• Written Expression - The ability to communicate information and ideas in writing so others will understand.
     
  • Deductive Reasoning - The ability to apply general rules to specific problems to produce answers that make sense.
     
  • Inductive Reasoning - The ability to combine pieces of information to form general rules or conclusions (includes finding a relationship among seemingly unrelated events).
     
  • Speech Recognition - The ability to identify and understand the speech of another person.
     
  • Information Ordering - The ability to arrange things or actions in a certain order or pattern according to a specific rule or set of rules (e.g., patterns of numbers, letters, words, pictures, mathematical operations).
     
  • Near Vision - The ability to see details at close range (within a few feet of the observer).
     
  • Speech Clarity - The ability to speak clearly so others can understand you.
     
    source: Occupational Information Network: Judicial Law Clerks  updated July 2013
     


    Work Activities
    for Judicial Law Clerks
    Back to Top
     
     
  • Getting Information - Observing, receiving, and otherwise obtaining information from all relevant sources.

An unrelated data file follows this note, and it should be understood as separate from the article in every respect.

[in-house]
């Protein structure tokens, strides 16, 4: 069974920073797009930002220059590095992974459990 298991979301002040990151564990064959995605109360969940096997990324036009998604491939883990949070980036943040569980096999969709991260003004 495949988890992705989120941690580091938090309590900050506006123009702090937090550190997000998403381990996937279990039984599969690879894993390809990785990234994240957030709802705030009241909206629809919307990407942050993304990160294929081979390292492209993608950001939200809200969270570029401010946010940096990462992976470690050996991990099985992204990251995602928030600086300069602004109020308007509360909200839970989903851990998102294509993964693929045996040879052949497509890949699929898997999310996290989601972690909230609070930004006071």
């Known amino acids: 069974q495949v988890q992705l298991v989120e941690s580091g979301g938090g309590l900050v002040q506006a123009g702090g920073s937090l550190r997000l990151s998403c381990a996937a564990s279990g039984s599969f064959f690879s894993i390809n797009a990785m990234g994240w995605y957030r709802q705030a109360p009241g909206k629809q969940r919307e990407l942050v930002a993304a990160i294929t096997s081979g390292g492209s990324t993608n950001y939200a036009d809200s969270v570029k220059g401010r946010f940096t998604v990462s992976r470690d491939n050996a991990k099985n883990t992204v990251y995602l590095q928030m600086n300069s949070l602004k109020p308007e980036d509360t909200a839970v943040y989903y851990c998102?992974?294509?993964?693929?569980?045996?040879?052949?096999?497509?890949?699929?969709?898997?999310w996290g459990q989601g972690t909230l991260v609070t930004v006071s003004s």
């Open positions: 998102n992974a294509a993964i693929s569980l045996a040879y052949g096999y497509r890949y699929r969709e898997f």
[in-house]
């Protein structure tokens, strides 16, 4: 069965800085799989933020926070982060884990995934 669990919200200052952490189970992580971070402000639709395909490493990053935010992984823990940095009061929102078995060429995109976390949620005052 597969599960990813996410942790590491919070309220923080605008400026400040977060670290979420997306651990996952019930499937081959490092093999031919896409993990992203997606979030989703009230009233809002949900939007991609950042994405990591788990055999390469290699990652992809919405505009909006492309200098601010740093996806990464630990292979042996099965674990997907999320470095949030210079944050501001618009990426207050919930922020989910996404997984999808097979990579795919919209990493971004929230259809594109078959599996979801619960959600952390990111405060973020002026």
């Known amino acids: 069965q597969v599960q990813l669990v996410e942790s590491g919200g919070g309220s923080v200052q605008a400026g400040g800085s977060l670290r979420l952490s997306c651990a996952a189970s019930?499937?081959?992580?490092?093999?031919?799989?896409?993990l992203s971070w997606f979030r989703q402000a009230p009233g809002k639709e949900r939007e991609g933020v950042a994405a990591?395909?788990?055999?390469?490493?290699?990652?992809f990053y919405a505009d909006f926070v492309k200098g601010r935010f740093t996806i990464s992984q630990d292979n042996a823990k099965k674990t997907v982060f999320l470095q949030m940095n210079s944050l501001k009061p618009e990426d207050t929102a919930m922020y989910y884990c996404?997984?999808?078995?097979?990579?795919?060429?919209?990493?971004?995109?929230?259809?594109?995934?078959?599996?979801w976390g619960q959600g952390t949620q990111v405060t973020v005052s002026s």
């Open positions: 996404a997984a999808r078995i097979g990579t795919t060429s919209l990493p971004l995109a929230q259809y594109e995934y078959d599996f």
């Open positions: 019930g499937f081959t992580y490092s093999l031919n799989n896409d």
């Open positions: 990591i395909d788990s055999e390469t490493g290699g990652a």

• Evaluating Information to Determine Compliance with Standards - Using relevant information and individual judgment to determine whether events or processes comply with laws, regulations, or standards.
     
  • Making Decisions and Solving Problems - Analyzing information and evaluating results to choose the best solution and solve problems.
     
  • Communicating with Supervisors, Peers, or Subordinates - Providing information to supervisors, co-workers, and subordinates by telephone, in written form, e-mail, or in person.
     
  • Interpreting the Meaning of Information for Others - Translating or explaining what information means and how it can be used.
     
  • Updating and Using Relevant Knowledge - Keeping up-to-date technically and applying new knowledge to your job.
     
  • Analyzing Data or Information - Identifying the underlying principles, reasons, or facts of information by breaking down information or data into separate parts.
     
  • Interacting With Computers - Using computers and computer systems (including hardware and software) to program, write software, set up functions, enter data, or process information.
     
  • Processing Information - Compiling, coding, categorizing, calculating, tabulating, auditing, or verifying information or data.
     
  • Identifying Objects, Actions, and Events - Identifying information by categorizing, estimating, recognizing differences or similarities, and detecting changes in circumstances or events.
     
    source: Occupational Information Network: Judicial Law Clerks  updated July 2013